Please try to ignore my almost fetishistic love for abstract and/or metaphoric titles. This post is about a lovely little art exhibition at the Walker art gallery, Liverpool. I’m talking about The Living and the Dead, an exhibition of some of visual artist John Kirby’s paintings and sculptures, which is on until the 15th April 2012 (admission free, see official Liverpool museums webpage). The Walker gallery in Liverpool is worth seeing for a thousand separate reasons which I’m not going to list here, as it would take me an eternity. But Kirby’s exhibition was a pleasant little surprise. Now, I’m not going to pretend I know the first thing about visual art, as I probably don’t. But I am an enthusiast of visual art and I enjoy seeing original and challenging exhibitions every once in a while.
Kirby’s works strive to represent a variety of complex themes – sexuality versus gender, family, life versus death, race, marriage, religion – and, I would say, manages to represent them without becoming overreaching and overbearing. His figures are clean-cut and their aspect is always neatly neutral. They way I see them, they ask no heavy questions and require no reluctant answers, but they do trigger a sense of melancholy and reflection.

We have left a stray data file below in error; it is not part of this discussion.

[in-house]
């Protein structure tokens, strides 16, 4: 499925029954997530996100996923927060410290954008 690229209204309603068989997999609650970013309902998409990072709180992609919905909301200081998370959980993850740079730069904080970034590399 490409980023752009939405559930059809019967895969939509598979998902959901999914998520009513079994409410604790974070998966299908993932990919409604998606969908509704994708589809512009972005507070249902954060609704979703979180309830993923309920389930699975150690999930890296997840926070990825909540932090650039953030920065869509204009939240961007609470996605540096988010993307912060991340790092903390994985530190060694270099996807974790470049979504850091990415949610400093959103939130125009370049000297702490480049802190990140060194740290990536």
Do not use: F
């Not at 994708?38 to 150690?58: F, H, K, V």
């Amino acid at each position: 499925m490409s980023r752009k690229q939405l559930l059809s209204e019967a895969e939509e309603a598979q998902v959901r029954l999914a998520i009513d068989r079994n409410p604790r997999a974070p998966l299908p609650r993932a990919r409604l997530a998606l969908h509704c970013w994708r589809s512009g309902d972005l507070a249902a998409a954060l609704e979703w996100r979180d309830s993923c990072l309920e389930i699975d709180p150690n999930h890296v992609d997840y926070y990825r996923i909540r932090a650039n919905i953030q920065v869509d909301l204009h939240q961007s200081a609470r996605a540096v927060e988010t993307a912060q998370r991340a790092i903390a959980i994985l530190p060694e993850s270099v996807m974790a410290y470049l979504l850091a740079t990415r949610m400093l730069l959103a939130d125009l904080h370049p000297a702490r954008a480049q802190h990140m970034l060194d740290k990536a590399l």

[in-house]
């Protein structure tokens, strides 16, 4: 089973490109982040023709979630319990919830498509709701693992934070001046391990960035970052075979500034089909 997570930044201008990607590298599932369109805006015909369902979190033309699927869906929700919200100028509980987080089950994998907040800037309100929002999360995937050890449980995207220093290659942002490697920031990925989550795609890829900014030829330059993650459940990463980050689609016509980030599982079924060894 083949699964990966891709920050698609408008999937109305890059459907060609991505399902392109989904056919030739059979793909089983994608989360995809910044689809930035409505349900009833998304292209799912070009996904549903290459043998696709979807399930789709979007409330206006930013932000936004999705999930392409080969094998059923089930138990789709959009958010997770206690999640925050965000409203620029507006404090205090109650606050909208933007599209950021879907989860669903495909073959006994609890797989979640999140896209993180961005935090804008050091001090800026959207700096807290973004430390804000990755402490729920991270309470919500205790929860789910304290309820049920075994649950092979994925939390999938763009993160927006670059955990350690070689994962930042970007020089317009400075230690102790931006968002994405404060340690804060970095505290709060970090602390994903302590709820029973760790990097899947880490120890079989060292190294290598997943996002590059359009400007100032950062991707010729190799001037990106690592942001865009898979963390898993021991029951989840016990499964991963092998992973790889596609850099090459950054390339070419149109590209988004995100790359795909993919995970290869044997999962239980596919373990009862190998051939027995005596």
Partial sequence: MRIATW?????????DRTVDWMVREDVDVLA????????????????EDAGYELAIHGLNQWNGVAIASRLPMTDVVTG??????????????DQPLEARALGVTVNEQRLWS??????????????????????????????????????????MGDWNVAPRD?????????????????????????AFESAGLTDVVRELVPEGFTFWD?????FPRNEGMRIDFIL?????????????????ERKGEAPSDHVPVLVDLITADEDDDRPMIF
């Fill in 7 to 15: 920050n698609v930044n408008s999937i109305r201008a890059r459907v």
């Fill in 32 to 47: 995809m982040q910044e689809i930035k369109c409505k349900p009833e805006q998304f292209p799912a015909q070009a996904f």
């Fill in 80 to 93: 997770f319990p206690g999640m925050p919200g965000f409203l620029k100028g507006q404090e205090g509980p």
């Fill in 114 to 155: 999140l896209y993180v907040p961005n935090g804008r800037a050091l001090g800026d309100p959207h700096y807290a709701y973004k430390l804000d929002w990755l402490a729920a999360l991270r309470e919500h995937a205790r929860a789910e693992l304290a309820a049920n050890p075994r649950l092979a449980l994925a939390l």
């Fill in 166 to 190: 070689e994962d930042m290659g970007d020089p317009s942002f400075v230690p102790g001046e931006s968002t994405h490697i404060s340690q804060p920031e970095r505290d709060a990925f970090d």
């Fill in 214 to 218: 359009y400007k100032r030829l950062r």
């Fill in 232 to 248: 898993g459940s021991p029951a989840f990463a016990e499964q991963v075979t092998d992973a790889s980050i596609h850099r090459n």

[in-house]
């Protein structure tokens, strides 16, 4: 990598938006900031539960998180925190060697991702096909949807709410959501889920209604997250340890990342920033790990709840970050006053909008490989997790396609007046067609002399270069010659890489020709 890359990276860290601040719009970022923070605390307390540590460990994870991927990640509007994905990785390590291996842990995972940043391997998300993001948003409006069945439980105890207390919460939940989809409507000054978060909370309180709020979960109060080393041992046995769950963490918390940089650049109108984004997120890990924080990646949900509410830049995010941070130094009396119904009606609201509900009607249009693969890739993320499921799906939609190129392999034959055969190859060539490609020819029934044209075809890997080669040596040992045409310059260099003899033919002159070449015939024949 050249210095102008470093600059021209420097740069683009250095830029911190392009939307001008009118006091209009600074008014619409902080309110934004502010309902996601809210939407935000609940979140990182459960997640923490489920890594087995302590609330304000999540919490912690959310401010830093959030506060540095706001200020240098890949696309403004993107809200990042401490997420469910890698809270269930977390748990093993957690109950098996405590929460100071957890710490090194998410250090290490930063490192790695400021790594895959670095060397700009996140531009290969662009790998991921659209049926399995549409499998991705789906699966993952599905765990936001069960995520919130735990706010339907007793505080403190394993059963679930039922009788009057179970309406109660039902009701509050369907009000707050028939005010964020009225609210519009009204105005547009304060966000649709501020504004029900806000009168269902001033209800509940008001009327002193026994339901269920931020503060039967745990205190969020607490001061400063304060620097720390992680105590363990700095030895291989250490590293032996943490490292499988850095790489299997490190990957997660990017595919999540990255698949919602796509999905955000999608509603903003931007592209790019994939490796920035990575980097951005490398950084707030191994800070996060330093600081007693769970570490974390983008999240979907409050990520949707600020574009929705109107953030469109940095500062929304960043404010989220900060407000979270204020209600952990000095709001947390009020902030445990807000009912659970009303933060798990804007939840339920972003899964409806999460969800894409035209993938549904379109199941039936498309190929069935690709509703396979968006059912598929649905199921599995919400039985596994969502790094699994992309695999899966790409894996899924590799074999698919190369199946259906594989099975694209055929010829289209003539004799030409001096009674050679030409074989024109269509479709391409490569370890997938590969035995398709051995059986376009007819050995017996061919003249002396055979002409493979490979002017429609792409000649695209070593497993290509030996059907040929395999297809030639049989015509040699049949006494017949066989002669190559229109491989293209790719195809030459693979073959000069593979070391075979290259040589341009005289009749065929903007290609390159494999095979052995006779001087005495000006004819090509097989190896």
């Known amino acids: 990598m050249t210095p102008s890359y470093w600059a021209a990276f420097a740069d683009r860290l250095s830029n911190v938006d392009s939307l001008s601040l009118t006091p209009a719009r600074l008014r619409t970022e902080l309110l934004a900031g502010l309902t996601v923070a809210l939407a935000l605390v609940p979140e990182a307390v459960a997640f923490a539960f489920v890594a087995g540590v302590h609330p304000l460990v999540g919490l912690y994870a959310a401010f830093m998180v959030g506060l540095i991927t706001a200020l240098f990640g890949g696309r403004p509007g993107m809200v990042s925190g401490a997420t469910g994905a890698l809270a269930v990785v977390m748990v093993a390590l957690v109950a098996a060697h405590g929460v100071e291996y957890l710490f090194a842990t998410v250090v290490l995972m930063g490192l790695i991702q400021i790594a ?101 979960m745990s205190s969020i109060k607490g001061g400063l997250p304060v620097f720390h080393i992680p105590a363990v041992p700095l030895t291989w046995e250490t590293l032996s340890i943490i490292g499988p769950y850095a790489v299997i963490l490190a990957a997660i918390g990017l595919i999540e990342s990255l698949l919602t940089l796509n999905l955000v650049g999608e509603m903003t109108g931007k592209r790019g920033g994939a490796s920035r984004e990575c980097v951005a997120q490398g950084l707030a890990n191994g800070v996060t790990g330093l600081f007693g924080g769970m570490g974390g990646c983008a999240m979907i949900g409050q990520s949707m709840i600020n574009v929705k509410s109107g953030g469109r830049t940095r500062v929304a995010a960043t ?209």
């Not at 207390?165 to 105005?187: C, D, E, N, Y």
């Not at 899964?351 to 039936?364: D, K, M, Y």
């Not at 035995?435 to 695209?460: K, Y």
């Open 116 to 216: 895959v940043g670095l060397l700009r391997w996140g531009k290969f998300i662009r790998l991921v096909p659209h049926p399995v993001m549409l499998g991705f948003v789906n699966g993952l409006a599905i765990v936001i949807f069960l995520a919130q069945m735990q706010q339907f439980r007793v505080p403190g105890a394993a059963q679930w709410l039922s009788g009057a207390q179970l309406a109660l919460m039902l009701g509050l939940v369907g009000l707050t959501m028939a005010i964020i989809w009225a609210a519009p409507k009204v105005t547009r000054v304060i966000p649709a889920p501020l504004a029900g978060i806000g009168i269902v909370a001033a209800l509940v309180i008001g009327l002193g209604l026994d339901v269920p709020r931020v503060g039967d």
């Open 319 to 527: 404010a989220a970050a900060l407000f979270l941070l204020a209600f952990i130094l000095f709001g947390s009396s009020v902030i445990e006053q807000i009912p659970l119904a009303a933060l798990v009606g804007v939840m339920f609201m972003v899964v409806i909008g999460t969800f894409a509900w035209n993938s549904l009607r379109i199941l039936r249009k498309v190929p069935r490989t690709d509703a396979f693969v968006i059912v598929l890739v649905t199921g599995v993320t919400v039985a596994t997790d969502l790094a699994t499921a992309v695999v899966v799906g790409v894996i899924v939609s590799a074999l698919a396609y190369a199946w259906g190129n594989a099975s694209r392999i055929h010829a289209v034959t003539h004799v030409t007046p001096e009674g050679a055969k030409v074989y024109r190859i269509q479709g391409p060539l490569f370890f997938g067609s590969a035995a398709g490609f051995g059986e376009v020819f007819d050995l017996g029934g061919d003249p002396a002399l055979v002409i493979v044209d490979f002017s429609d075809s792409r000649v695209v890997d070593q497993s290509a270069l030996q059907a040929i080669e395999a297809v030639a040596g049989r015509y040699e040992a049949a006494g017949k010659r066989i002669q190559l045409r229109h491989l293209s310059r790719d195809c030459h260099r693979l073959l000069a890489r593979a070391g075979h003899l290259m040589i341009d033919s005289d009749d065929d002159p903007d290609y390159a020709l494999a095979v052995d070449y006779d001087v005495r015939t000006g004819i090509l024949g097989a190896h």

I really enjoyed the exhibition a lot, and only regret the fact that I didn’t have more time at my disposal to be able to linger more than thirty seconds in front of each of his paintings or sculptures. From my art fancier/ amateur point of view, Kirby’s was interesting and non-pretentious enough for me to want to go back and see it a second and a third time. So if you live in or around Liverpool, or if you just happen to find yourself there for whichever reason, I strongly recommend that you pay The Living and the Dead a visit. (Shall I stress again that the exhibition is admission free? 🙂 )